The sculpted tank can have you ogle the motorcycle for hours at end. The twin exhaust can stick out a bit from an otherwise gorgeous motorcycle. The tail section being the only thing that looks dated in 2016! The styling was not all that radical for its time, as you can expect from Ducati, but it was still a departure from the bulbous styling that the Japanese manufacturers employed during that period.
The bike handles like a dream and is light enough to be flicked around without thinking too much of it. Though it has a super aggressive riding stance, true to its Supersport name! It would be a hoot to ride on track but does take a toll on the rider’s body in stop-start traffic.
We were overjoyed to ride and experience this brilliant piece of motorcycling history right here in India and are happy to include this in #100Motorcycles. We thank Joe’s Garage for letting us revisit this Italian beauty from decades past.
94Royal Enfield Bullet Cast Iron
Kick starting this bike requires utmost respect and a little bit of patience as well. Yes, we are talking about the iconic Royal Enfield Bullet 350. The bike which has half the country’s biking junta salivating, while the rest scratching their heads in befuddlement. As in the advertisement for a popular chocolate on Indian television, you don’t just buy one, you earn it!
You cannot just throw your leg over the bike, thumb the starter and get going. You need to ensure the bike’s amp meter isn’t in the red and then give it one massive kick and hope the bike will roar to life. The rebound from the kick can be quite the risky thing; folk tales of the RE suggest that novices have injured their legs while trying to start the bike! The neutral finder in modern parlance can be called a quick shift way of finding neutral! The gear and brake levers are on the opposite side of the conventional, like all British brands. This takes an RE novice some time to get their head wrapped around! To add to this the bike has a shift pattern of 1 up and 3 down. But once the bike is running, the one thing that you will love for sure is the sound!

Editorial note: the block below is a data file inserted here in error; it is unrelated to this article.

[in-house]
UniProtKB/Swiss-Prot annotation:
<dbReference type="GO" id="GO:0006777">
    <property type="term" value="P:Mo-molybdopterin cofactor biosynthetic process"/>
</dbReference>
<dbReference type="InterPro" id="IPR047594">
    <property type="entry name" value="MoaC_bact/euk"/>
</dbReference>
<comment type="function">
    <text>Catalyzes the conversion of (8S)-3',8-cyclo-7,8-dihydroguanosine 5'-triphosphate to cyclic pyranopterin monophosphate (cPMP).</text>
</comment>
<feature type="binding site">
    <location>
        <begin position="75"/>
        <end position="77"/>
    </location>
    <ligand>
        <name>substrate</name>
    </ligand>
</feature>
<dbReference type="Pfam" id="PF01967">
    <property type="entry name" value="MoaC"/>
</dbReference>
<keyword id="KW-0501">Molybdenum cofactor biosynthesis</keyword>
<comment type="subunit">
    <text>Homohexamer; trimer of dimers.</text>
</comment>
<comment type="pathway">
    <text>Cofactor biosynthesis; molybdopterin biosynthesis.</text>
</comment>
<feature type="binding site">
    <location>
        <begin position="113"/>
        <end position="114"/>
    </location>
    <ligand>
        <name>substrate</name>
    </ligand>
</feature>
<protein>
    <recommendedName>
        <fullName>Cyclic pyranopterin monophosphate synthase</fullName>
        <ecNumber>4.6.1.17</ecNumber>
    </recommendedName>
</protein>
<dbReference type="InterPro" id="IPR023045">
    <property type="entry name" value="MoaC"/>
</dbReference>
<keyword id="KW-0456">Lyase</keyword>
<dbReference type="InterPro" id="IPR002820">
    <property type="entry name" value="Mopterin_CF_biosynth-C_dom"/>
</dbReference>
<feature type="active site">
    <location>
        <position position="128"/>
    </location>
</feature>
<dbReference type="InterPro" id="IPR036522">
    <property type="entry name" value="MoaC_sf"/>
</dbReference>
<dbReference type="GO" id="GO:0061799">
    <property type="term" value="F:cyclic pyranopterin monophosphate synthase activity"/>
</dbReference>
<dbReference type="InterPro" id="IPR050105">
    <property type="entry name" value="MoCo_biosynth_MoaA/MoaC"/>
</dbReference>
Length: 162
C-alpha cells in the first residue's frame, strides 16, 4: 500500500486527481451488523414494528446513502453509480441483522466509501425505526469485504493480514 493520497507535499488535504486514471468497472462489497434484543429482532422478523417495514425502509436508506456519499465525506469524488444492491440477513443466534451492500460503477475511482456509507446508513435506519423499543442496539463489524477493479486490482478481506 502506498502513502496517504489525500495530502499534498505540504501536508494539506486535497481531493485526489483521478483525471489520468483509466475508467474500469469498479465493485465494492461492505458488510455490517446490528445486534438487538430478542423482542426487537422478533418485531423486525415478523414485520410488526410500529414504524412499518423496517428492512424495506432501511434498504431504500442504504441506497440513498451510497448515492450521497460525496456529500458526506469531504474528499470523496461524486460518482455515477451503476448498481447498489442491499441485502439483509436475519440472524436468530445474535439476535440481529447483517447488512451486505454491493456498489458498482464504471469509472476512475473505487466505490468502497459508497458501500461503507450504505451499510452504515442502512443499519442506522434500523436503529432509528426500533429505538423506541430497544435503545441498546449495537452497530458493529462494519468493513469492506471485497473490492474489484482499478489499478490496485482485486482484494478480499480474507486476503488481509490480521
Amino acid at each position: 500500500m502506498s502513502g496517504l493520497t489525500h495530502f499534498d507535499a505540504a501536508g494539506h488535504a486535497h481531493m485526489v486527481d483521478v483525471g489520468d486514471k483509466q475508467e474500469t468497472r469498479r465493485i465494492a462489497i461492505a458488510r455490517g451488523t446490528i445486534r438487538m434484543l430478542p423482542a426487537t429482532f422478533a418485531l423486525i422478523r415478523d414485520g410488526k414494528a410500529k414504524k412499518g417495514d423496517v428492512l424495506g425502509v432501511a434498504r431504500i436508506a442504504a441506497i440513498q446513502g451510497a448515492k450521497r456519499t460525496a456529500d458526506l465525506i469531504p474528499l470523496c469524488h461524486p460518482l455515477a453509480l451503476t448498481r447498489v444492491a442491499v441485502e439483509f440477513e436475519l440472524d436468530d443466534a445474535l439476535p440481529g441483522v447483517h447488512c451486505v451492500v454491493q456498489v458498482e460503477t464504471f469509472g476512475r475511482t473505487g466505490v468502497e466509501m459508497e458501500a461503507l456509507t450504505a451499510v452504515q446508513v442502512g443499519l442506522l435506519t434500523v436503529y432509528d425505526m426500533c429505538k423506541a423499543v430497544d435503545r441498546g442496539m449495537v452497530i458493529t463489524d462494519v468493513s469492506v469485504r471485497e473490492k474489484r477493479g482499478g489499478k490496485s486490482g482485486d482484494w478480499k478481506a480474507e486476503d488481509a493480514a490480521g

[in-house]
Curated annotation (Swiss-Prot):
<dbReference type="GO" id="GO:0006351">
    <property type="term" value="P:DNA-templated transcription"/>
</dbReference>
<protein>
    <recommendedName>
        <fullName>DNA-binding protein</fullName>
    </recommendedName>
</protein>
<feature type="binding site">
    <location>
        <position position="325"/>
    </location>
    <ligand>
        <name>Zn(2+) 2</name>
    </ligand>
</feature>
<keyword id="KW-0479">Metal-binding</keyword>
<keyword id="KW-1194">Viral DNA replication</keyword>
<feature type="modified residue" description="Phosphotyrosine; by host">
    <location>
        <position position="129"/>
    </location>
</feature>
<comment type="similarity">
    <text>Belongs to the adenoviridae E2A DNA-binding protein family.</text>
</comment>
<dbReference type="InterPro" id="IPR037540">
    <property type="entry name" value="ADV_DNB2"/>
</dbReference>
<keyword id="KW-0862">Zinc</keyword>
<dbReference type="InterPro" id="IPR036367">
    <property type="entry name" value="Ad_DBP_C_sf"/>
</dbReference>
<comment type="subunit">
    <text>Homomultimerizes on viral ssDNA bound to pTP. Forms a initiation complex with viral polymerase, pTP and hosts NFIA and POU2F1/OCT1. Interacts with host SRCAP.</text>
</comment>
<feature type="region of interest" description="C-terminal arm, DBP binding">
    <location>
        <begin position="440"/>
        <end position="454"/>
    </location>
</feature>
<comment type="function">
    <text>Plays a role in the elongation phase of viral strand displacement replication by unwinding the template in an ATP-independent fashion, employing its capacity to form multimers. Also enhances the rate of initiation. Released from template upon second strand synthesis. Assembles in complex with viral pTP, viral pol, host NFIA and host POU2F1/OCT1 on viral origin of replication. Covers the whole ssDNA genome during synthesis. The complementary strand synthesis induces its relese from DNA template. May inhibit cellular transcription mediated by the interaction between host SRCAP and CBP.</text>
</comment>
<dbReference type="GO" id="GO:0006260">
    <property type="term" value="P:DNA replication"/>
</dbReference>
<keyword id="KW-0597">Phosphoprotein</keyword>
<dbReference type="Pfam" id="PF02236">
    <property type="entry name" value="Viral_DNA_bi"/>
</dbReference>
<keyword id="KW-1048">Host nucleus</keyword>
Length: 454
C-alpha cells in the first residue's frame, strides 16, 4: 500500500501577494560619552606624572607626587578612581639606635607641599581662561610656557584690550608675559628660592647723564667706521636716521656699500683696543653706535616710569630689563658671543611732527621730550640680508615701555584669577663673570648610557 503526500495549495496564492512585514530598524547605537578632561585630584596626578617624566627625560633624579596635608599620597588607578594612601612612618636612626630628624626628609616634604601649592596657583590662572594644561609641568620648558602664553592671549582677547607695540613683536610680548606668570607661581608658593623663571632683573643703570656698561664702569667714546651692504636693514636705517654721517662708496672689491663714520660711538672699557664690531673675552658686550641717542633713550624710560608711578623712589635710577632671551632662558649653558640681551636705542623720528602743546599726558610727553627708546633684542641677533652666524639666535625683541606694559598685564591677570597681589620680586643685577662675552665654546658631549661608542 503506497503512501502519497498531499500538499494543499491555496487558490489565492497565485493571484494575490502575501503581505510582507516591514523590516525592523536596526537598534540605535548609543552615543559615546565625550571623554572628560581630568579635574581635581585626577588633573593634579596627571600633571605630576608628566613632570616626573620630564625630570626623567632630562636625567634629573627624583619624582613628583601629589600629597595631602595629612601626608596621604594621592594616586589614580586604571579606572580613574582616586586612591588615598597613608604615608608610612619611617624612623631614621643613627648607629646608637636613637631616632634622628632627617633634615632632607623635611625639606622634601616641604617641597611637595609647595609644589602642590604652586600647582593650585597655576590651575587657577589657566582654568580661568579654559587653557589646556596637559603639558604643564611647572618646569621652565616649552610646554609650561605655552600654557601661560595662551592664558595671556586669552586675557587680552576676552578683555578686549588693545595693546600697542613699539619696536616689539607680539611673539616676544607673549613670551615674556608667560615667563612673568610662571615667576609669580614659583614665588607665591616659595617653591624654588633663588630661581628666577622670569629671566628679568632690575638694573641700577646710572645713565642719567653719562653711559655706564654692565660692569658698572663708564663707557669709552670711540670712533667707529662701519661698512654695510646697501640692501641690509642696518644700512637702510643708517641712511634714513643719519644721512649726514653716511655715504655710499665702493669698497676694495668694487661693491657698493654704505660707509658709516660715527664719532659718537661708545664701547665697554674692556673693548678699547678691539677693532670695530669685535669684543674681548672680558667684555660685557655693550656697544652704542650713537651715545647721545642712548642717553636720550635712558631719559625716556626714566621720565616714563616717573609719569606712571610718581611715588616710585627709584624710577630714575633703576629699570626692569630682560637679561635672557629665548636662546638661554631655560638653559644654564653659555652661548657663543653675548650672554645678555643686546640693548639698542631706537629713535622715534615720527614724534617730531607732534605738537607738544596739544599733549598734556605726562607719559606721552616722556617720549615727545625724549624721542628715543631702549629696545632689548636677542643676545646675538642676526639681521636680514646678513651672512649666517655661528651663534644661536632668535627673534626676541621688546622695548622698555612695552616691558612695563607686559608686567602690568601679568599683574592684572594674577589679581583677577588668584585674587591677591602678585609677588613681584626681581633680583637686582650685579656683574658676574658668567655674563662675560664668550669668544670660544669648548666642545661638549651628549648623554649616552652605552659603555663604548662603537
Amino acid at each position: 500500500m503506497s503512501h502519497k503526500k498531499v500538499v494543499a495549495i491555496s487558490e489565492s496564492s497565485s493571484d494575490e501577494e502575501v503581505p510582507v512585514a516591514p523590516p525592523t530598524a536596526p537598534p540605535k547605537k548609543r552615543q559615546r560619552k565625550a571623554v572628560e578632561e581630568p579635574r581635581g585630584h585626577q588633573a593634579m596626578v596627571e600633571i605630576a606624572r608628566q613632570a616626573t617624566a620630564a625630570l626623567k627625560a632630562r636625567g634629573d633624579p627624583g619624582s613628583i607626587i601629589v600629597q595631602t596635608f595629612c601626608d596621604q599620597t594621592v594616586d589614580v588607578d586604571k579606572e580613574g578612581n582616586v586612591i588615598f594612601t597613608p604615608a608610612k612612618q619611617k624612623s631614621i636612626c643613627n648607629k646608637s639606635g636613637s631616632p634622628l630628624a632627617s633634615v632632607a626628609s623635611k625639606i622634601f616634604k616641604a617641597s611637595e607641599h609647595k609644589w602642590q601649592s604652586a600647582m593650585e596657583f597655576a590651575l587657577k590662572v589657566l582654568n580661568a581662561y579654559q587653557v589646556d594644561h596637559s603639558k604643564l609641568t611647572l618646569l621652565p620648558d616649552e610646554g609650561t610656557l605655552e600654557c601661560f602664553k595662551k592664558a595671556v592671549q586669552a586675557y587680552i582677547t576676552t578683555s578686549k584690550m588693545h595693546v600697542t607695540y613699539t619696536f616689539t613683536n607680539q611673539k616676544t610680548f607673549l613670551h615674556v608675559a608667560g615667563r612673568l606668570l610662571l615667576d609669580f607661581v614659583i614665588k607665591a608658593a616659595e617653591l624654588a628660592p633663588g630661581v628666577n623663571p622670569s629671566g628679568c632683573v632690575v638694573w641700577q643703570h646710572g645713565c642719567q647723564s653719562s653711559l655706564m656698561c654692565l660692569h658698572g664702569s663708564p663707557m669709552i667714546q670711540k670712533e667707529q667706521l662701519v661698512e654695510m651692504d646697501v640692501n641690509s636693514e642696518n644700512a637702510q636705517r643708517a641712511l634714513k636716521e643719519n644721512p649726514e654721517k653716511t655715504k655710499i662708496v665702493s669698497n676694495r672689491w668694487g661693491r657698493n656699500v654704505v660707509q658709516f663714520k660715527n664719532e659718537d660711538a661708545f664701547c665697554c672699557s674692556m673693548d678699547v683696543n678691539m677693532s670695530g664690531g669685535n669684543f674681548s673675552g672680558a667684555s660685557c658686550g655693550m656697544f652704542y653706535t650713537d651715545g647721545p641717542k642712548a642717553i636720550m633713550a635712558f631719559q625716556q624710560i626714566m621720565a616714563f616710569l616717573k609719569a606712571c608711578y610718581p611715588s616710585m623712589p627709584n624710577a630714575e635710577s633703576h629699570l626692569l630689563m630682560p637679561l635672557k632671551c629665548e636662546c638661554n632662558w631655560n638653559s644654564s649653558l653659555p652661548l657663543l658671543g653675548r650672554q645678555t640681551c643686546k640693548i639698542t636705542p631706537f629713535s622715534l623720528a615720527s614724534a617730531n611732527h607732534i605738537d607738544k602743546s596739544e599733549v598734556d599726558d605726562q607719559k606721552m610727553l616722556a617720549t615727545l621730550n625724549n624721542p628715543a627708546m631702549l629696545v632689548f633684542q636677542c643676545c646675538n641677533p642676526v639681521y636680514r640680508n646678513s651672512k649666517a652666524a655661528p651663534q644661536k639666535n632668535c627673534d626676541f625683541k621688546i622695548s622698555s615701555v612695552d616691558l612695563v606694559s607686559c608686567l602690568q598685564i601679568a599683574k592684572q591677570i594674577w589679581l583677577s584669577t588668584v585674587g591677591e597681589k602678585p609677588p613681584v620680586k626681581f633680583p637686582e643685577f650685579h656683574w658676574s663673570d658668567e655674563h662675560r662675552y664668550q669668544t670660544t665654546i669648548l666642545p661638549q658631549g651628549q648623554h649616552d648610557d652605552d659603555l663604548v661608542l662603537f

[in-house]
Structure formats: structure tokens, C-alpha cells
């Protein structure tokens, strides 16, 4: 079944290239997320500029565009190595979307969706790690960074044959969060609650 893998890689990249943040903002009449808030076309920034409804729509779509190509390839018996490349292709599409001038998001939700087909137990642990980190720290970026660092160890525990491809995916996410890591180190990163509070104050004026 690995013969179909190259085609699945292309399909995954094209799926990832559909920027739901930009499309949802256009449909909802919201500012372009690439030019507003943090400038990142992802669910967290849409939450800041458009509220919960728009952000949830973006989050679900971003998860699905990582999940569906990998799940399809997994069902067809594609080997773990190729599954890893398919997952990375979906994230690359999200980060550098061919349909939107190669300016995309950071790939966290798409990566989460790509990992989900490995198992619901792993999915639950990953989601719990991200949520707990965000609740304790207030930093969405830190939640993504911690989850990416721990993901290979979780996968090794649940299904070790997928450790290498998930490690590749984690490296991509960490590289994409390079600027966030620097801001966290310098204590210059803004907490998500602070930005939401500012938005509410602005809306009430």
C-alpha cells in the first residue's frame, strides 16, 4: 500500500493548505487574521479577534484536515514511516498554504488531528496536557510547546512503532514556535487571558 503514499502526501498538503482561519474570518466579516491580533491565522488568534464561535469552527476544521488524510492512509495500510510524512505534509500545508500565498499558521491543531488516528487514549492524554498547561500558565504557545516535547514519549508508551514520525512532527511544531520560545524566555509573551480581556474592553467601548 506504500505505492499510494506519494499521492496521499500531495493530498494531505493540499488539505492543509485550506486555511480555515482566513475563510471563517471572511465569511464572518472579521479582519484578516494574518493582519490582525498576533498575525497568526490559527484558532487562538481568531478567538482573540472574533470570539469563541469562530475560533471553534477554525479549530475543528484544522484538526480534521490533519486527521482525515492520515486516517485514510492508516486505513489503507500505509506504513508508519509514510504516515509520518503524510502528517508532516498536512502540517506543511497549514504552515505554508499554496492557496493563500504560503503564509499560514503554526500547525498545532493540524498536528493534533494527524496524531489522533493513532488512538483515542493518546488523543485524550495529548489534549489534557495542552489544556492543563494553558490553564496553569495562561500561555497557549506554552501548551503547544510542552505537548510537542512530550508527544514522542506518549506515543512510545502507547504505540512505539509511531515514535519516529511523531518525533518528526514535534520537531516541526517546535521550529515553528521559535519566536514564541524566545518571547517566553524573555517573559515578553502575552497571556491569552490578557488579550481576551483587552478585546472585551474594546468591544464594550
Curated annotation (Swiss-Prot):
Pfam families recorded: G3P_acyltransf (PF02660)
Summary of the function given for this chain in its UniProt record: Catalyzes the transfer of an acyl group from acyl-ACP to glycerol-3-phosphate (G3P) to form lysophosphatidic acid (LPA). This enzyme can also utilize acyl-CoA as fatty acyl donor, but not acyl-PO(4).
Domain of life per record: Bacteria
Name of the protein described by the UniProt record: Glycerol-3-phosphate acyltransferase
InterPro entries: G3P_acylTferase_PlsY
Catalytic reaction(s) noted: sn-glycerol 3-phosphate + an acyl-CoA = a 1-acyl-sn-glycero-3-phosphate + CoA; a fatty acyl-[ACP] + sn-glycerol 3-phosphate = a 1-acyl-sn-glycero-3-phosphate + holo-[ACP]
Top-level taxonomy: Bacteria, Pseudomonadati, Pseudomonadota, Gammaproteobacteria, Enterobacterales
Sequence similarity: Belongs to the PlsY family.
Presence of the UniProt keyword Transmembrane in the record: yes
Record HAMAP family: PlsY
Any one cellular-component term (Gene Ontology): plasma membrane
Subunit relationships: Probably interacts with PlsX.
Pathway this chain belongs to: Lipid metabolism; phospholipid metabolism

We rode a Cast Iron Bullet from 2009, with the typical thump which made the Bullet popular. The bike is not fast by any stretch of the imagination, instead, the rider is really relaxed on this motorcycle. You can feel the thump; you can feel the vibes actually resonate with the body. One of the reasons we believe that the Royal Enfields are so popular is that the vibrations feel so natural. The thump of the motorcycle seems to go hand in hand with that of the rider’s heart. A subliminal connect between man and machine.
The Cast Iron was phased out in 2011 in favour of the UCE (Unit Construction Engine). The biggest thing that the bike lost with this change was the thump for which the bike was known. Besides the thump, the bike has a certain charisma, which is not possible to decode. It can only be experienced. A lot of manufacturers have tried to replicate the cult-like following of the Bullet, but they have been unable to achieve the aura of this bike. The kind of popularity this bike enjoys is any marketers dream. A product which sells by itself. The only other manufacturers which have a similar following are Harley Davidson and Ducati and maybe to an extent BMW for their adventure touring series.
In 1955, Royal Enfield’s Chennai factory was built, from where bikes were rolled out to be sold to the Indian junta. Later the bikes were even exported around the world and still are.
This is the de facto motorcycle for foreigners coming to India. They will rent it for their trip to Ladakh! In North India, a typically used phrase for the Bullet is ‘Shaan ki sawaari’ loosely translated into ‘a ride for the royalty’. And you understand why this is so, when you sit upright on the Bullet, with the bike thumping away, you really couldn’t care less about what was happening around you. All that matters is the machine. Like Moses, the Bullet will part the sea of traffic! There is nothing like the Bullet on the road, and therein probably lies the success of the motorcycle.
Other manufacturers will spend millions of dollars to build up their brand but will fall well short of the Bullet. And that is why it is the king of Indian roads! The cult status of the ‘Bullet’ in India ensures that it has to be in the list of #100Motorcycles.